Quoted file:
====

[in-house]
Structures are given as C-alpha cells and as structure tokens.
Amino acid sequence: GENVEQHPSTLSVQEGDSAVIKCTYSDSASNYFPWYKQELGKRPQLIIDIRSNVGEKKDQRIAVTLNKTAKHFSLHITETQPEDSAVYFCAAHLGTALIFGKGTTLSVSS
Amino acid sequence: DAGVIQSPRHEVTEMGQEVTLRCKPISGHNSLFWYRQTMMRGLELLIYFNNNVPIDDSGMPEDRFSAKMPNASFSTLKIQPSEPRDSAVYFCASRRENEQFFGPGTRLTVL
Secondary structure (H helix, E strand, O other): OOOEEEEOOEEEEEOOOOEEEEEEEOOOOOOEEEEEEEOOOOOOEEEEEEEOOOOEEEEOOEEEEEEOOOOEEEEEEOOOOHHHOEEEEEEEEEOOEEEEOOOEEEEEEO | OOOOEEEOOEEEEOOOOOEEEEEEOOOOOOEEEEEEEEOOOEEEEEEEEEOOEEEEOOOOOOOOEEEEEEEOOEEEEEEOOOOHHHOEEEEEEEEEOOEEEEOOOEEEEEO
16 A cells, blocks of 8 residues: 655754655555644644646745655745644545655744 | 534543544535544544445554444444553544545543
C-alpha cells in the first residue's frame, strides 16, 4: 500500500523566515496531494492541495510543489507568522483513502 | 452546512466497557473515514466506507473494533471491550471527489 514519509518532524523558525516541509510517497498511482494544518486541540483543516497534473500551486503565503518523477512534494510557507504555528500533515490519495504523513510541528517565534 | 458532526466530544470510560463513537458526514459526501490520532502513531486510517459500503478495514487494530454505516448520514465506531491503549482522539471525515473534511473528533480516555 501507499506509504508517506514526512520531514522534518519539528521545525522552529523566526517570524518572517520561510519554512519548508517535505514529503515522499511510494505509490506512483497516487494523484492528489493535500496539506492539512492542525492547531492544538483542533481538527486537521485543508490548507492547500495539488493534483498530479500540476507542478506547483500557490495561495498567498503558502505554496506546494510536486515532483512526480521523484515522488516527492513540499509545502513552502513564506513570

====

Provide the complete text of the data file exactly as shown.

[in-house]
Structures are given as C-alpha cells and as structure tokens.
Amino acid sequence: GENVEQHPSTLSVQEGDSAVIKCTYSDSASNYFPWYKQELGKRPQLIIDIRSNVGEKKDQRIAVTLNKTAKHFSLHITETQPEDSAVYFCAAHLGTALIFGKGTTLSVSS
Amino acid sequence: DAGVIQSPRHEVTEMGQEVTLRCKPISGHNSLFWYRQTMMRGLELLIYFNNNVPIDDSGMPEDRFSAKMPNASFSTLKIQPSEPRDSAVYFCASRRENEQFFGPGTRLTVL
Secondary structure (H helix, E strand, O other): OOOEEEEOOEEEEEOOOOEEEEEEEOOOOOOEEEEEEEOOOOOOEEEEEEEOOOOEEEEOOEEEEEEOOOOEEEEEEOOOOHHHOEEEEEEEEEOOEEEEOOOEEEEEEO | OOOOEEEOOEEEEOOOOOEEEEEEOOOOOOEEEEEEEEOOOEEEEEEEEEOOEEEEOOOOOOOOEEEEEEEOOEEEEEEOOOOHHHOEEEEEEEEEOOEEEEOOOEEEEEO
16 A cells, blocks of 8 residues: 655754655555644644646745655745644545655744 | 534543544535544544445554444444553544545543
C-alpha cells in the first residue's frame, strides 16, 4: 500500500523566515496531494492541495510543489507568522483513502 | 452546512466497557473515514466506507473494533471491550471527489 514519509518532524523558525516541509510517497498511482494544518486541540483543516497534473500551486503565503518523477512534494510557507504555528500533515490519495504523513510541528517565534 | 458532526466530544470510560463513537458526514459526501490520532502513531486510517459500503478495514487494530454505516448520514465506531491503549482522539471525515473534511473528533480516555 501507499506509504508517506514526512520531514522534518519539528521545525522552529523566526517570524518572517520561510519554512519548508517535505514529503515522499511510494505509490506512483497516487494523484492528489493535500496539506492539512492542525492547531492544538483542533481538527486537521485543508490548507492547500495539488493534483498530479500540476507542478506547483500557490495561495498567498503558502505554496506546494510536486515532483512526480521523484515522488516527492513540499509545502513552502513564506513570